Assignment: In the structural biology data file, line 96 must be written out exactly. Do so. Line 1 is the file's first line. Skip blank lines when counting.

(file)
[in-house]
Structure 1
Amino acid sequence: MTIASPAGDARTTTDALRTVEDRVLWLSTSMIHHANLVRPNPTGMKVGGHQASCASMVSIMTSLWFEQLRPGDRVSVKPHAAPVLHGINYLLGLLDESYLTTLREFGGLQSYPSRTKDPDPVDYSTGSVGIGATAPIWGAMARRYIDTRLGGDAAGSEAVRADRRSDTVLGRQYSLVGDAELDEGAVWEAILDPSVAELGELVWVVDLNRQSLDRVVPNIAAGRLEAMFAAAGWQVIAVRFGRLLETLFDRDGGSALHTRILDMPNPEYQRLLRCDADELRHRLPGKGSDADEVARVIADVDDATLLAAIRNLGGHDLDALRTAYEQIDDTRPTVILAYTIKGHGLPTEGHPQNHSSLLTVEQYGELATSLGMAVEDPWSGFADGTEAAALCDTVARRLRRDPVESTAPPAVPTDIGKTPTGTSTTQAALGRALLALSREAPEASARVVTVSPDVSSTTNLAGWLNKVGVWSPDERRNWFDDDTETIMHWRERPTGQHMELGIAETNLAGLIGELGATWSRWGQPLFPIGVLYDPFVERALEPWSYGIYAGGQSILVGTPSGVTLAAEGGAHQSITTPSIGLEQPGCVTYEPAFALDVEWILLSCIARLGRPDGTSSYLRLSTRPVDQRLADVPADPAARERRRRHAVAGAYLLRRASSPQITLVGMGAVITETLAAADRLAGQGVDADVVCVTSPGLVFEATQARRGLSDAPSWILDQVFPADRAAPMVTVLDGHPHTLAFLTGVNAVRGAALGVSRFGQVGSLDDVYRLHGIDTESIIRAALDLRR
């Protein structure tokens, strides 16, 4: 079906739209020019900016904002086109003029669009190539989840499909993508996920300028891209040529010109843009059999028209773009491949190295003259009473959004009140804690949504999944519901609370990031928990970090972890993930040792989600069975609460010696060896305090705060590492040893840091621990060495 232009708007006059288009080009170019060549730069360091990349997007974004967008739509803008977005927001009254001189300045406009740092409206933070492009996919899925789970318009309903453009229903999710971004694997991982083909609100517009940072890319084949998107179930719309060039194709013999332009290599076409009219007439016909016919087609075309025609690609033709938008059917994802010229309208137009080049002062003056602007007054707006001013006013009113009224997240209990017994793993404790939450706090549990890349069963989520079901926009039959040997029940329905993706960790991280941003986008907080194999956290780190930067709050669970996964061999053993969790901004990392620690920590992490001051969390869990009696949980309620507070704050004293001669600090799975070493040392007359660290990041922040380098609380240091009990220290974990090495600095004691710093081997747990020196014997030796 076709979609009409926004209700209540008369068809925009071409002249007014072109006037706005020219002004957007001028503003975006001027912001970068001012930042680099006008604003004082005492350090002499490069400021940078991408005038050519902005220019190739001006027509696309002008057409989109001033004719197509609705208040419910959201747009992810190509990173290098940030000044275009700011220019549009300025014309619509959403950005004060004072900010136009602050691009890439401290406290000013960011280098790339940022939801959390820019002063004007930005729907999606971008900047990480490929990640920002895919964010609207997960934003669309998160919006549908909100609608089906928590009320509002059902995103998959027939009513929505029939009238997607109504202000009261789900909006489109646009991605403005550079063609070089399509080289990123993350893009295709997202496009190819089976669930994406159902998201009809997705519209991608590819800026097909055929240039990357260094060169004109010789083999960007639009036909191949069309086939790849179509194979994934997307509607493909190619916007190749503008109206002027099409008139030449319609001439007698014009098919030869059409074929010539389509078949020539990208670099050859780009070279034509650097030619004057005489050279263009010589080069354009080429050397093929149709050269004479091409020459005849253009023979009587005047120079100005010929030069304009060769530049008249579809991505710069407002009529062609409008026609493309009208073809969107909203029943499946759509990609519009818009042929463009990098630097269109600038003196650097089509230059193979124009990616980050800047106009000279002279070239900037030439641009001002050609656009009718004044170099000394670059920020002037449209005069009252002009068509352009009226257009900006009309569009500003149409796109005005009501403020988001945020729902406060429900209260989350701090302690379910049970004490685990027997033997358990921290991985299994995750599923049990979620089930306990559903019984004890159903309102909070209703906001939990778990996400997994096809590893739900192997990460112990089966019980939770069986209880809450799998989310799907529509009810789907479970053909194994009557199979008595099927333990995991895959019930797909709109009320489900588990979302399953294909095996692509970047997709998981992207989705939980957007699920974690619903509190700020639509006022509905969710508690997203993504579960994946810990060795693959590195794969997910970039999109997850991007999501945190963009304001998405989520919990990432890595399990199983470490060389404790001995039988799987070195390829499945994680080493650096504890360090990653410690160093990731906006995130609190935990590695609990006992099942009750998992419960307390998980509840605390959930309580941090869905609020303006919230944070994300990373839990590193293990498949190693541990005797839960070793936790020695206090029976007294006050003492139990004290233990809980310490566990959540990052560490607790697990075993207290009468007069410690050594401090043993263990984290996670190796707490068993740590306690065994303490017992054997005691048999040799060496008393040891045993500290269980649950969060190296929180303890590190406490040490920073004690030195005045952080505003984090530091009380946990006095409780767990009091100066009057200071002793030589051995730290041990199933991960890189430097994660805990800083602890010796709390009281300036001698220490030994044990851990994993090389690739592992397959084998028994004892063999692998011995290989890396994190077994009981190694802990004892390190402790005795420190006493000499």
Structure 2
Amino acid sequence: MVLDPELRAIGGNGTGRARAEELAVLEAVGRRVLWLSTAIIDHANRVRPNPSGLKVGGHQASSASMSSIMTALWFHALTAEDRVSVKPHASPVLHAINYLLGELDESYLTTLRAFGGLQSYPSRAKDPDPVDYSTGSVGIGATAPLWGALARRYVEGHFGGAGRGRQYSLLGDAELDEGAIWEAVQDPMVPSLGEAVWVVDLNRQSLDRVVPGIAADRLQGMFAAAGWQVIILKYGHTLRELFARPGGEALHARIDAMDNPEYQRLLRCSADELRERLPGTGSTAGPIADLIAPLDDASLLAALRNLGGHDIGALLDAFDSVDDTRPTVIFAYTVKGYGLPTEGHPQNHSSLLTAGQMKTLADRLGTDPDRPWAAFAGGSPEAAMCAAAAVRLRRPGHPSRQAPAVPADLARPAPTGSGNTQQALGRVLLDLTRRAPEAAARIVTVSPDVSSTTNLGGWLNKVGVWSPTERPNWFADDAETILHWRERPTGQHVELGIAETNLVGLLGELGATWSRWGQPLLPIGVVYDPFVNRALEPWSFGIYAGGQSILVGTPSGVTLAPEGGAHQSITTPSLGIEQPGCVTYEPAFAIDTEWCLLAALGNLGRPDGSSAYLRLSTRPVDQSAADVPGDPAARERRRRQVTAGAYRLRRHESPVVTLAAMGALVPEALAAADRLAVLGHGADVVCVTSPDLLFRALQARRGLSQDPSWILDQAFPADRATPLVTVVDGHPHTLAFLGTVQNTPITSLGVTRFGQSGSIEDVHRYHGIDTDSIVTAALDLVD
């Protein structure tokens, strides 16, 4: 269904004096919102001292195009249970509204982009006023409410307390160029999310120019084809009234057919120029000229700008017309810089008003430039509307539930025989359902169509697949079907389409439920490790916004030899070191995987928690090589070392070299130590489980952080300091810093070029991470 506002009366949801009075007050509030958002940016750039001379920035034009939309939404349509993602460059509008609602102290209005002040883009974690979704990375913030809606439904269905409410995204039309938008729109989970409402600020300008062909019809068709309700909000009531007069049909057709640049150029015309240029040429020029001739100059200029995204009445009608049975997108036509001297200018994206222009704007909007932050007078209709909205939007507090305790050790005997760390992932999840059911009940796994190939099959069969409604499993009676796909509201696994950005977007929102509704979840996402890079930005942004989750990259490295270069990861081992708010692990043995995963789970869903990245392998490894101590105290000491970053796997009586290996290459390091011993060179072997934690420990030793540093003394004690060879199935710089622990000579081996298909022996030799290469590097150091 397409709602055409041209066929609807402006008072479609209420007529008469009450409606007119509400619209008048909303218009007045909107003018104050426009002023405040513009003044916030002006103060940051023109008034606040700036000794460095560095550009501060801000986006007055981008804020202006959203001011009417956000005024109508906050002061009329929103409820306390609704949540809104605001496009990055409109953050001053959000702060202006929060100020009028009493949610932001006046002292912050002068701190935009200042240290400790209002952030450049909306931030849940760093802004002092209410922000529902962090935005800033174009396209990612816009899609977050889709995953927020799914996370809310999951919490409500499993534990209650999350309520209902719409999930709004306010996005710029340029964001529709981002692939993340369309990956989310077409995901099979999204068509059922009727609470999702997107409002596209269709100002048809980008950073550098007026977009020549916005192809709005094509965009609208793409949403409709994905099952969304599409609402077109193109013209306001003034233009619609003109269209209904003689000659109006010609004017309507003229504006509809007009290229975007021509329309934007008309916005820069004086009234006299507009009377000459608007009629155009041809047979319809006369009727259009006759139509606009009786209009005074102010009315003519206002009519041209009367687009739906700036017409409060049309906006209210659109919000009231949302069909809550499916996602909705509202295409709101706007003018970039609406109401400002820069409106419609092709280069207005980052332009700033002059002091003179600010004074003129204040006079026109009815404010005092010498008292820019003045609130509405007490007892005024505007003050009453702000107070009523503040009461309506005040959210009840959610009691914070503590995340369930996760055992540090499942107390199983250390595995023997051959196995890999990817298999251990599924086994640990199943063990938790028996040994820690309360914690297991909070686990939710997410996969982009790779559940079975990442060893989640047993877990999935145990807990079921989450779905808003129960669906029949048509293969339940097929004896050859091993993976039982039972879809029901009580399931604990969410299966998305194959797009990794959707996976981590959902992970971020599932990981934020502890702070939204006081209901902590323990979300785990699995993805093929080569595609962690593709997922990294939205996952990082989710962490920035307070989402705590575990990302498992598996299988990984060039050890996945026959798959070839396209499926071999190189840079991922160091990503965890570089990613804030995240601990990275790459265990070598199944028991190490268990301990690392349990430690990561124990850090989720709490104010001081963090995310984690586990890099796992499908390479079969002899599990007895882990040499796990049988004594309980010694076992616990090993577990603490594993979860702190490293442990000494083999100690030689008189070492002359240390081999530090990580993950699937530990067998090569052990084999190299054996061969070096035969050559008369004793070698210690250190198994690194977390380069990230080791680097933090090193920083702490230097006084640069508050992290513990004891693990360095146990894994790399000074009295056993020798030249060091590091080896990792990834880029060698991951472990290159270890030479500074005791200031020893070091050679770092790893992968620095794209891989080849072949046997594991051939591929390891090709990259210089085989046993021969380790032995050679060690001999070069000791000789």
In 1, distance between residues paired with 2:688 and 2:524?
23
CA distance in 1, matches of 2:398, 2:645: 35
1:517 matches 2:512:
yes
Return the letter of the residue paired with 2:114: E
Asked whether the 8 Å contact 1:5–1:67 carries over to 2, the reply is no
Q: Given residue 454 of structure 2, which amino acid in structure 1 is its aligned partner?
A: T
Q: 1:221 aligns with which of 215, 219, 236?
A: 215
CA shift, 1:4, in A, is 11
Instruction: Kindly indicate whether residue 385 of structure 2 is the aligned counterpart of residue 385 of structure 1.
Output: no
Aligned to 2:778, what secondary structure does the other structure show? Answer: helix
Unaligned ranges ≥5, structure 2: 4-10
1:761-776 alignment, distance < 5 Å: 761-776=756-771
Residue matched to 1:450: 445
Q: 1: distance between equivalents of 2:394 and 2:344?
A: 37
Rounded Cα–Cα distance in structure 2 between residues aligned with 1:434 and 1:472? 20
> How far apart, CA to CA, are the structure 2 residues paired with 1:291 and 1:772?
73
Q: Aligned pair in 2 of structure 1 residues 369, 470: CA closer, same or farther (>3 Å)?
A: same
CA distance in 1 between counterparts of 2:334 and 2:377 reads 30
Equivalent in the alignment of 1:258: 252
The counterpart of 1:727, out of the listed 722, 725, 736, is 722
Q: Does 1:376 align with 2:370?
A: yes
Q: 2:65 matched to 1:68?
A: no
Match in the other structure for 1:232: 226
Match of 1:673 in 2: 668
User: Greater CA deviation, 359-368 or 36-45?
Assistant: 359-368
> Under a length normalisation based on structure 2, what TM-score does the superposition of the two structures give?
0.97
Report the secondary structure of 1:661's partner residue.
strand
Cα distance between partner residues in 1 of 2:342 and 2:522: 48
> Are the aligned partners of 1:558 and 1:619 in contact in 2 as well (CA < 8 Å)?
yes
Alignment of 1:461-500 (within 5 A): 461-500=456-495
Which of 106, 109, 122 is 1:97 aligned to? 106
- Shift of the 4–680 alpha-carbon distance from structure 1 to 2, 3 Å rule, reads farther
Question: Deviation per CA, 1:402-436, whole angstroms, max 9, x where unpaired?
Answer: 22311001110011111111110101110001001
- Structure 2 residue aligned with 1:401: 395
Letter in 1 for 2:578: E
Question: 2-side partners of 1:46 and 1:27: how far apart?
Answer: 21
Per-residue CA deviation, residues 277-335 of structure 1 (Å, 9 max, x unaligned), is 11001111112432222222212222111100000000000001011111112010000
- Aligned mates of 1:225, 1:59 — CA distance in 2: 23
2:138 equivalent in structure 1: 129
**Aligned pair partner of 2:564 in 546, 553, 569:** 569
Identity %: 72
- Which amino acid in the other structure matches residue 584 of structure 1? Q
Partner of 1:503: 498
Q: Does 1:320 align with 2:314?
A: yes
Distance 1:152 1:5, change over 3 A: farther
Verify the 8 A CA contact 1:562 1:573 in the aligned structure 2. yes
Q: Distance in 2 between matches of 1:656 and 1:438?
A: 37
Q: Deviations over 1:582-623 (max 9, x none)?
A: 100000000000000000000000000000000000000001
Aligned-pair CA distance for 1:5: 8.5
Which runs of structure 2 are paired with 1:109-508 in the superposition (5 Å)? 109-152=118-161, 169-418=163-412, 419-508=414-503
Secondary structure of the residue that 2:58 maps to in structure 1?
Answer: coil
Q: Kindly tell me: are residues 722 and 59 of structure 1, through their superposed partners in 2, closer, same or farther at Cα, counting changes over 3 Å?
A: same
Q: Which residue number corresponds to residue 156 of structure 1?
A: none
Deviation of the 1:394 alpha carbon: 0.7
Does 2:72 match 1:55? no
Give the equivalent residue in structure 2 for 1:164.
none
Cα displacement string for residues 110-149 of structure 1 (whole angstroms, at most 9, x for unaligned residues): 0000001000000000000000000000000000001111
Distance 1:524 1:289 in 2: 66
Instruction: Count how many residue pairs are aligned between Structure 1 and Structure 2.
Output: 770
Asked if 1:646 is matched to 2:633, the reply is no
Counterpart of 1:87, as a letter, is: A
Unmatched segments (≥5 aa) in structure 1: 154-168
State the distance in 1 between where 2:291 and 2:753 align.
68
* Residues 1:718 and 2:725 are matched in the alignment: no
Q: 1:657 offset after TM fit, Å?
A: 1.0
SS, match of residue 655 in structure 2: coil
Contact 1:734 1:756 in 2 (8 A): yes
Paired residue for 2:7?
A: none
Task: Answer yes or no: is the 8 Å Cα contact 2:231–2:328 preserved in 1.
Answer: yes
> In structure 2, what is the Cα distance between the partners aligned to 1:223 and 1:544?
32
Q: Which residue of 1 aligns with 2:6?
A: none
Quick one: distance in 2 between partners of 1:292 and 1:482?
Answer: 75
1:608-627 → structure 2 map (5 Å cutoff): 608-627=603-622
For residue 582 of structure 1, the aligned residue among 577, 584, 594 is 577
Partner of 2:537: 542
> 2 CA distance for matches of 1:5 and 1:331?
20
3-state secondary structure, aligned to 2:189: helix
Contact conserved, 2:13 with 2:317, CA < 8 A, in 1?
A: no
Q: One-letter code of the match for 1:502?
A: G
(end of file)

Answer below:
* Residues 1:718 and 2:725 are matched in the alignment: no